Dr Joe Bhaseen
Telephone: +44 020 7848 7161
Research Group: Theory & Simulation of Condensed Matter
Dr Joe Bhaseen at the Thomas Young Centre
My research in theoretical condensed matter physics falls in the area broadly known as strongly correlated systems. The overarching goal is to understand the wealth of phenomena exhibited by strongly interacting quantum matter. A common thread in my research is the application and development of quantum field theory approaches to these many body problems. A brief outline of some of my research activities may be found below.
We investigate the phase diagram of bosons interacting via Feshbach-resonant pairing interactions in a one-dimensional lattice. Using large scale density matrix renormalization group (DMRG) and field theory techniques we explore the atomic and molecular correlations in this low-dimensional setting. We provide compelling evidence for an Ising deconfinement transition occurring between distinct superfluids and extract the Ising order parameter and correlation length of this unusual superfluid transition. This is supported by results for the entanglement entropy which reveal both the location of the transition and critical Ising degrees of freedom on the phase boundary.
Phys. Rev. Lett. 105, 043001 (2010)
Recent experiments on Bose--Einstein condensates in optical cavities have reported a quantum phase transition to a coherent state of the matter-light system -- superradiance. The time dependent nature of these experiments demands consideration of collective dynamics. Here we establish a rich phase diagram, accessible by quench experiments, with distinct regimes of dynamics separated by non-equilibrium phase transitions. We include the key effects of cavity leakage and the back-reaction of the cavity field on the condensate. Proximity to some of these phase boundaries results in critical slowing down of the decay of many-body oscillations. Notably, this slow decay can be assisted by large cavity losses. Predictions include the frequency of collective oscillations, a variety of multi-phase co-existence regions, and persistent optomechanical oscillations described by a damped driven pendulum. These findings open new directions to study collective dynamics and non-equilibrium phase transitions in matter-light systems.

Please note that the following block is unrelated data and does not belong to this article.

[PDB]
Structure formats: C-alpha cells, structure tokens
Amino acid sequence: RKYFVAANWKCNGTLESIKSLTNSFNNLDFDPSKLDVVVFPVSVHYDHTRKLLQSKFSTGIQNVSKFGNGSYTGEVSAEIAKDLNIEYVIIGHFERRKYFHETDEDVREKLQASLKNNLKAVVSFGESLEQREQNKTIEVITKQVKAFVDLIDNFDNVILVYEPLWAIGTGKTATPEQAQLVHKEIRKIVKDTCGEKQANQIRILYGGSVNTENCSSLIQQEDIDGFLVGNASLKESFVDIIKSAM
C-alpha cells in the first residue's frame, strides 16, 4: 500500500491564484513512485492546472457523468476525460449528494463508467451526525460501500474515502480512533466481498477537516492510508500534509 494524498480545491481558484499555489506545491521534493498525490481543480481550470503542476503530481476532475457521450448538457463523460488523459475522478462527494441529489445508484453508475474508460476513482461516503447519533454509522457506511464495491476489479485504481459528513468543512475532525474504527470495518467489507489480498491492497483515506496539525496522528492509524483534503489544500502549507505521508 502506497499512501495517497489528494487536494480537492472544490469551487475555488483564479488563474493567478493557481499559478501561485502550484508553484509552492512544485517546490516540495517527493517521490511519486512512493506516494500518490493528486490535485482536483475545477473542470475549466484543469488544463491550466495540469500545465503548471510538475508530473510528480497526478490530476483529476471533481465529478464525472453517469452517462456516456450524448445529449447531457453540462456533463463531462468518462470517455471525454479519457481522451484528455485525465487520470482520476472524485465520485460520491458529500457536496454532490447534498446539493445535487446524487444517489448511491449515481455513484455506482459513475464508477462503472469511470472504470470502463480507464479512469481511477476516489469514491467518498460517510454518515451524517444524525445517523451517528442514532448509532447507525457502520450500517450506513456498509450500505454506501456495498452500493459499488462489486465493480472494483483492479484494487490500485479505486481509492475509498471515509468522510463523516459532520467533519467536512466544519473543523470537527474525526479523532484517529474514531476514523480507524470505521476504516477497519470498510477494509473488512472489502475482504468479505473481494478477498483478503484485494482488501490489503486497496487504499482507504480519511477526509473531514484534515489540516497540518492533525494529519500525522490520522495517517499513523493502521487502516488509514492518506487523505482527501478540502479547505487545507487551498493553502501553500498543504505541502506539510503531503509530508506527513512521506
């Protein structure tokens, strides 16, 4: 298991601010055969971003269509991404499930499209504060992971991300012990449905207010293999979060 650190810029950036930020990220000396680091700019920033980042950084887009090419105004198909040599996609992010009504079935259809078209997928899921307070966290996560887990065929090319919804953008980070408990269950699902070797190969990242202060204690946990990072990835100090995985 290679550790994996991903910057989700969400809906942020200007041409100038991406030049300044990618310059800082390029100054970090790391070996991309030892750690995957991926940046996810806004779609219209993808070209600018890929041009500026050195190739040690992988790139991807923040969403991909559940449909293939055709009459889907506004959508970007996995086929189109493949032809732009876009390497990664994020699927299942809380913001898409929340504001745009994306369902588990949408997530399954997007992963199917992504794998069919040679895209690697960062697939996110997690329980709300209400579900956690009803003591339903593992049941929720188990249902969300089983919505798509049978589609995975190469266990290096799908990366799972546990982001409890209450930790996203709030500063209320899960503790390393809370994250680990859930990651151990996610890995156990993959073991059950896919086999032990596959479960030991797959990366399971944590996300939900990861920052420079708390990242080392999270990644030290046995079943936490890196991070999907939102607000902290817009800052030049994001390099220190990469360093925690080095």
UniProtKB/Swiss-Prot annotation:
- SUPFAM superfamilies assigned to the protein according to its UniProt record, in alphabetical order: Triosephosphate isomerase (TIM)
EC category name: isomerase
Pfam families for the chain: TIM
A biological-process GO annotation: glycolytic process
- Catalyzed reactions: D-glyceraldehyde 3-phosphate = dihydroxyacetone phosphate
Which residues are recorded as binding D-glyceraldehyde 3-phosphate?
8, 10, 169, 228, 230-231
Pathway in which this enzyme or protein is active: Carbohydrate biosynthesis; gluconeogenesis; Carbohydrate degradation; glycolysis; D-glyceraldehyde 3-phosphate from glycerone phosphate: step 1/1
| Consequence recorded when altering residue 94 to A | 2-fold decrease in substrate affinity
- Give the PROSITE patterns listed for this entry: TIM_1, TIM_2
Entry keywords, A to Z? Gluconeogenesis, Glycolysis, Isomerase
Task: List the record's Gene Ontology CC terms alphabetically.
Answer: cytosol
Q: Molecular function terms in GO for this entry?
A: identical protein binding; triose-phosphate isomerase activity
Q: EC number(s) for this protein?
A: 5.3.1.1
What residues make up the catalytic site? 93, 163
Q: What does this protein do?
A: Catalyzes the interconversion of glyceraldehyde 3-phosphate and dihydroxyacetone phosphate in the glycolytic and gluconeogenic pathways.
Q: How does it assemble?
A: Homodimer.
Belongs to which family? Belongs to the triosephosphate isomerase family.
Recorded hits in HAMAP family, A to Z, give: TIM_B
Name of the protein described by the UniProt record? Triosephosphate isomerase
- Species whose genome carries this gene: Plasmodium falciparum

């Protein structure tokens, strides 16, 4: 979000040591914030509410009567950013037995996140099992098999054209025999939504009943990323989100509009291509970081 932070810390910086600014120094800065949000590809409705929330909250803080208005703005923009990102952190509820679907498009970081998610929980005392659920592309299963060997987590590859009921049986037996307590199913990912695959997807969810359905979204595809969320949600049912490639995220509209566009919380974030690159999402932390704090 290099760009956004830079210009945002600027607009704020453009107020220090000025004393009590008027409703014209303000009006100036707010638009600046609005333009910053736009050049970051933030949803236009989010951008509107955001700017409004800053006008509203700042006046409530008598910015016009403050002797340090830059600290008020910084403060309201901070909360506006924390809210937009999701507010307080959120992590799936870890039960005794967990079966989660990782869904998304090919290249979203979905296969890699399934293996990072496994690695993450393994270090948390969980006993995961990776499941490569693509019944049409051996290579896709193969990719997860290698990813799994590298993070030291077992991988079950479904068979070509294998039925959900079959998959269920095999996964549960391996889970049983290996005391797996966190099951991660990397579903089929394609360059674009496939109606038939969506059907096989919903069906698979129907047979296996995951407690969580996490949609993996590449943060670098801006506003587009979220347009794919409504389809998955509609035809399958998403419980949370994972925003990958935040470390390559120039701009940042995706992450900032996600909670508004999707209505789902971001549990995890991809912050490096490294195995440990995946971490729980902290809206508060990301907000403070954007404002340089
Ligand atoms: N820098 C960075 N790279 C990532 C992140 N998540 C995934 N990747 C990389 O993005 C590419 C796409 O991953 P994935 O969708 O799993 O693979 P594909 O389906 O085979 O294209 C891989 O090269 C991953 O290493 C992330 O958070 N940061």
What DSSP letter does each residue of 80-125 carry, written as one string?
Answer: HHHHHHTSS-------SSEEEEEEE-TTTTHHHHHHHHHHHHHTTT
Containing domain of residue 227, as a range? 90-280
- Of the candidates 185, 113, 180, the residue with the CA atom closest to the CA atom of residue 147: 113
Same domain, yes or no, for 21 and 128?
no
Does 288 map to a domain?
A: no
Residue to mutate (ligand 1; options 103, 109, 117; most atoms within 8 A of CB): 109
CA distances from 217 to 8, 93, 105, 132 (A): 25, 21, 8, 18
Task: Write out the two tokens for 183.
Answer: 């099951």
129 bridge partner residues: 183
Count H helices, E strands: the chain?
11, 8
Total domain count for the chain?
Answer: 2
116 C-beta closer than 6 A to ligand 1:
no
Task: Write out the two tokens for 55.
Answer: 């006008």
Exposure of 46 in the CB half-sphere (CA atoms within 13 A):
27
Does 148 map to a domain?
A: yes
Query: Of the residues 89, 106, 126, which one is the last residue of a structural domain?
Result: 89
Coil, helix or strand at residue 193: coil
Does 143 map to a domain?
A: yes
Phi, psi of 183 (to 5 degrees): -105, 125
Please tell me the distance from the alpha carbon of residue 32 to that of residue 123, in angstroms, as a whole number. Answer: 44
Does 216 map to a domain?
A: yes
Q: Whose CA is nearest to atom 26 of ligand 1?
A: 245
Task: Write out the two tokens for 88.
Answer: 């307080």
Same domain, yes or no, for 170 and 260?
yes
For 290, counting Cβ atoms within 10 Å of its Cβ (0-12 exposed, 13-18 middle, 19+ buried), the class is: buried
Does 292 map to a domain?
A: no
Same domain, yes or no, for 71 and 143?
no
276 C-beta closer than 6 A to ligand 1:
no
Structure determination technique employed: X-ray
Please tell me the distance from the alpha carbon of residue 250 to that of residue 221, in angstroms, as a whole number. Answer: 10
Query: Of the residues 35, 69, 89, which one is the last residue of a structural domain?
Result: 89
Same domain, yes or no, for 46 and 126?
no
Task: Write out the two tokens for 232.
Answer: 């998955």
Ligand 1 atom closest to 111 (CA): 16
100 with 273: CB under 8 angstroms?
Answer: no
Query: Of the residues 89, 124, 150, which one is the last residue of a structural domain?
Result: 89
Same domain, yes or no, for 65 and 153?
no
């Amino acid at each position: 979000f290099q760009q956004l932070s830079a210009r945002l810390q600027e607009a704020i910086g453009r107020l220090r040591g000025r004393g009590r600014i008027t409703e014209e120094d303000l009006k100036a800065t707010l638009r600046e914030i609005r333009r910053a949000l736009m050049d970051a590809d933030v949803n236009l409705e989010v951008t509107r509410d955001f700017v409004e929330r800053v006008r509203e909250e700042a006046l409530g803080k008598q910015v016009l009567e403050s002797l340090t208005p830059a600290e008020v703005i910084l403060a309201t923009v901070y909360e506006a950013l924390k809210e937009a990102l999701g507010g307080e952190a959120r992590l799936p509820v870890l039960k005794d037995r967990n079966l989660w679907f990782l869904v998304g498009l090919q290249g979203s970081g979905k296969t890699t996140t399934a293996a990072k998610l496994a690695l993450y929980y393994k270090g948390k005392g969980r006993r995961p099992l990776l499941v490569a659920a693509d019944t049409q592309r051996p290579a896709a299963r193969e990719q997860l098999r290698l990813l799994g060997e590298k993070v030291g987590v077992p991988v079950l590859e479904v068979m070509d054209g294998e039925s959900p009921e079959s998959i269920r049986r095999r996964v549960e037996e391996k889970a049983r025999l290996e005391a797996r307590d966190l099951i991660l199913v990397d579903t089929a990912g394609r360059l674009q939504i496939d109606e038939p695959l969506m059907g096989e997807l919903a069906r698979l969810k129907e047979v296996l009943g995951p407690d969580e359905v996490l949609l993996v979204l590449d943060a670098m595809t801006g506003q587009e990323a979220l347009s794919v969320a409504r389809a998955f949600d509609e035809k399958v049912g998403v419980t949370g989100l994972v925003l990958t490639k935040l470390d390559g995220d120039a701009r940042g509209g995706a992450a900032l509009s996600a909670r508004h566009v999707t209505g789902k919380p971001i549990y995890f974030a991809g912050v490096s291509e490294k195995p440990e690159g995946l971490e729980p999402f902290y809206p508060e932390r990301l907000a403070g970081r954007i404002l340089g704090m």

Phys. Rev. Lett. 103, 265302 (2009)
Motivated by experiments on heteronuclear Feshbach resonances in Bose mixtures, we investigate s-wave pairing of two species of bosons in an optical lattice. The zero temperature phase diagram supports a rich array of superfluid and Mott phases and a network of quantum critical points. This topology reveals an underlying structure that is succinctly captured by a two-component Landau theory. Within the second Mott lobe we establish a quantum phase transition described by the paradigmatic longitudinal and transverse field Ising model. This is confirmed by exact diagonalization of the 1D bosonic Hamiltonian. We also find this transition in the homonuclear case.
Phys. Rev. Lett. 102, 135301 (2009)
Motivated by recent experiments on cold atomic gases in ultra high finesse optical cavities, we consider the problem of a two-band Bose--Hubbard model coupled to quantum light. Photoexcitation promotes carriers between the bands and we study the non-trivial interplay between Mott insulating behavior and superfluidity. The model displays a global U(1) X U(1) symmetry which supports the coexistence of Mott insulating and superfluid phases, and yields a rich phase diagram with multicritical points. This symmetry property is shared by several other problems of current experimental interest, including two-component Bose gases in optical lattices, and the bosonic BEC-BCS crossover problem for atom-molecule mixtures induced by a Feshbach resonance. We corroborate our findings by numerical simulations.